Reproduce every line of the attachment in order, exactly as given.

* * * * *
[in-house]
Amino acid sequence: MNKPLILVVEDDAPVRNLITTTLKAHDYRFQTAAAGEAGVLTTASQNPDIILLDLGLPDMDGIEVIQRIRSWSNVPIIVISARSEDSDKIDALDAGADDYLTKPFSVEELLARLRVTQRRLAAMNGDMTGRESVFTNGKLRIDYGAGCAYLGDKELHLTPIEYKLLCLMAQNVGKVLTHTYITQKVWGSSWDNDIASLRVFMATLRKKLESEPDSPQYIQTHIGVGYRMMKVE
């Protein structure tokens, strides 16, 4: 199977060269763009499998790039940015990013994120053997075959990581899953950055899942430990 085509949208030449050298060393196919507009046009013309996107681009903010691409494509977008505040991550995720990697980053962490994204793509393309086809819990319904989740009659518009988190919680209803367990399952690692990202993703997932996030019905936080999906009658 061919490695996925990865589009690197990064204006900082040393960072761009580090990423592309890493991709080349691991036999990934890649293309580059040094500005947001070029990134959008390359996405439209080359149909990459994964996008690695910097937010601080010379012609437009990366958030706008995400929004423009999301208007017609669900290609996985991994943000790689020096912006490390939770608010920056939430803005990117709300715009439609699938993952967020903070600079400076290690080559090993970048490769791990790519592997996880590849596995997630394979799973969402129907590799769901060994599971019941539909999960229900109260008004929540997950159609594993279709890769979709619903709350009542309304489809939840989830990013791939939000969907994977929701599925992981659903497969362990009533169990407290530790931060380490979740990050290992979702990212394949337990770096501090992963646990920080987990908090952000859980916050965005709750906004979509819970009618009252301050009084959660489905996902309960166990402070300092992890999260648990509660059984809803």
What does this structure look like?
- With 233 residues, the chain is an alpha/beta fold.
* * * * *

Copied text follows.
[in-house]
Amino acid sequence: MNKPLILVVEDDAPVRNLITTTLKAHDYRFQTAAAGEAGVLTTASQNPDIILLDLGLPDMDGIEVIQRIRSWSNVPIIVISARSEDSDKIDALDAGADDYLTKPFSVEELLARLRVTQRRLAAMNGDMTGRESVFTNGKLRIDYGAGCAYLGDKELHLTPIEYKLLCLMAQNVGKVLTHTYITQKVWGSSWDNDIASLRVFMATLRKKLESEPDSPQYIQTHIGVGYRMMKVE
């Protein structure tokens, strides 16, 4: 199977060269763009499998790039940015990013994120053997075959990581899953950055899942430990 085509949208030449050298060393196919507009046009013309996107681009903010691409494509977008505040991550995720990697980053962490994204793509393309086809819990319904989740009659518009988190919680209803367990399952690692990202993703997932996030019905936080999906009658 061919490695996925990865589009690197990064204006900082040393960072761009580090990423592309890493991709080349691991036999990934890649293309580059040094500005947001070029990134959008390359996405439209080359149909990459994964996008690695910097937010601080010379012609437009990366958030706008995400929004423009999301208007017609669900290609996985991994943000790689020096912006490390939770608010920056939430803005990117709300715009439609699938993952967020903070600079400076290690080559090993970048490769791990790519592997996880590849596995997630394979799973969402129907590799769901060994599971019941539909999960229900109260008004929540997950159609594993279709890769979709619903709350009542309304489809939840989830990013791939939000969907994977929701599925992981659903497969362990009533169990407290530790931060380490979740990050290992979702990212394949337990770096501090992963646990920080987990908090952000859980916050965005709750906004979509819970009618009252301050009084959660489905996902309960166990402070300092992890999260648990509660059984809803």
What does this structure look like?
- With 233 residues, the chain is an alpha/beta fold.